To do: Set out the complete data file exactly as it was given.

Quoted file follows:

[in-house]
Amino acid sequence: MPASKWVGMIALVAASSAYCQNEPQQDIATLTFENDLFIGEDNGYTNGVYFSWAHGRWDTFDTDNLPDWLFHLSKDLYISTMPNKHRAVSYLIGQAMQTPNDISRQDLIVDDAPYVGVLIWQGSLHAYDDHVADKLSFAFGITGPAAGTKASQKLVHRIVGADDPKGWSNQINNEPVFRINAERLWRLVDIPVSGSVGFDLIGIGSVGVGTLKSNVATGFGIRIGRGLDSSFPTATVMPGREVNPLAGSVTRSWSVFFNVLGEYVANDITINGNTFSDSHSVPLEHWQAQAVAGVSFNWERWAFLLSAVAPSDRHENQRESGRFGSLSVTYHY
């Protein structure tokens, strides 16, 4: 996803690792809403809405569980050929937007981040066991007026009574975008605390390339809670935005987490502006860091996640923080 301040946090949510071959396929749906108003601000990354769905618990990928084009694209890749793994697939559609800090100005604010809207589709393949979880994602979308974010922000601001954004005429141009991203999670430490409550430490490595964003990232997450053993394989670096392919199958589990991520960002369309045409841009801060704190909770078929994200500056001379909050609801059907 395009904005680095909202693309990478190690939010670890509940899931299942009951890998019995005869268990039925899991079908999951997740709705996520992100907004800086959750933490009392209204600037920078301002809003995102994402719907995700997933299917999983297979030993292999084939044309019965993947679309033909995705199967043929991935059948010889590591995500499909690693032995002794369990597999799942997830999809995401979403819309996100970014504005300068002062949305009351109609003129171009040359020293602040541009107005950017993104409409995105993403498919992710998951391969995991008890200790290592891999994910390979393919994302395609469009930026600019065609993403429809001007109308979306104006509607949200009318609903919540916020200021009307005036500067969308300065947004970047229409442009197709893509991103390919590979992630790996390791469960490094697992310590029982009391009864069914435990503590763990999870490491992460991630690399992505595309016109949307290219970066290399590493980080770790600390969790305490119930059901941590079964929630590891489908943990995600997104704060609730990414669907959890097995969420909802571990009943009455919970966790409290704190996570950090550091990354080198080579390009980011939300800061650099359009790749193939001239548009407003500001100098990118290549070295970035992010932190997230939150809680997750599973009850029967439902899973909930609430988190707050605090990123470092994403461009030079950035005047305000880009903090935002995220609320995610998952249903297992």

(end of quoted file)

[in-house]
Amino acid sequence: MPASKWVGMIALVAASSAYCQNEPQQDIATLTFENDLFIGEDNGYTNGVYFSWAHGRWDTFDTDNLPDWLFHLSKDLYISTMPNKHRAVSYLIGQAMQTPNDISRQDLIVDDAPYVGVLIWQGSLHAYDDHVADKLSFAFGITGPAAGTKASQKLVHRIVGADDPKGWSNQINNEPVFRINAERLWRLVDIPVSGSVGFDLIGIGSVGVGTLKSNVATGFGIRIGRGLDSSFPTATVMPGREVNPLAGSVTRSWSVFFNVLGEYVANDITINGNTFSDSHSVPLEHWQAQAVAGVSFNWERWAFLLSAVAPSDRHENQRESGRFGSLSVTYHY
């Protein structure tokens, strides 16, 4: 996803690792809403809405569980050929937007981040066991007026009574975008605390390339809670935005987490502006860091996640923080 301040946090949510071959396929749906108003601000990354769905618990990928084009694209890749793994697939559609800090100005604010809207589709393949979880994602979308974010922000601001954004005429141009991203999670430490409550430490490595964003990232997450053993394989670096392919199958589990991520960002369309045409841009801060704190909770078929994200500056001379909050609801059907 395009904005680095909202693309990478190690939010670890509940899931299942009951890998019995005869268990039925899991079908999951997740709705996520992100907004800086959750933490009392209204600037920078301002809003995102994402719907995700997933299917999983297979030993292999084939044309019965993947679309033909995705199967043929991935059948010889590591995500499909690693032995002794369990597999799942997830999809995401979403819309996100970014504005300068002062949305009351109609003129171009040359020293602040541009107005950017993104409409995105993403498919992710998951391969995991008890200790290592891999994910390979393919994302395609469009930026600019065609993403429809001007109308979306104006509607949200009318609903919540916020200021009307005036500067969308300065947004970047229409442009197709893509991103390919590979992630790996390791469960490094697992310590029982009391009864069914435990503590763990999870490491992460991630690399992505595309016109949307290219970066290399590493980080770790600390969790305490119930059901941590079964929630590891489908943990995600997104704060609730990414669907959890097995969420909802571990009943009455919970966790409290704190996570950090550091990354080198080579390009980011939300800061650099359009790749193939001239548009407003500001100098990118290549070295970035992010932190997230939150809680997750599973009850029967439902899973909930609430988190707050605090990123470092994403461009030079950035005047305000880009903090935002995220609320995610998952249903297992």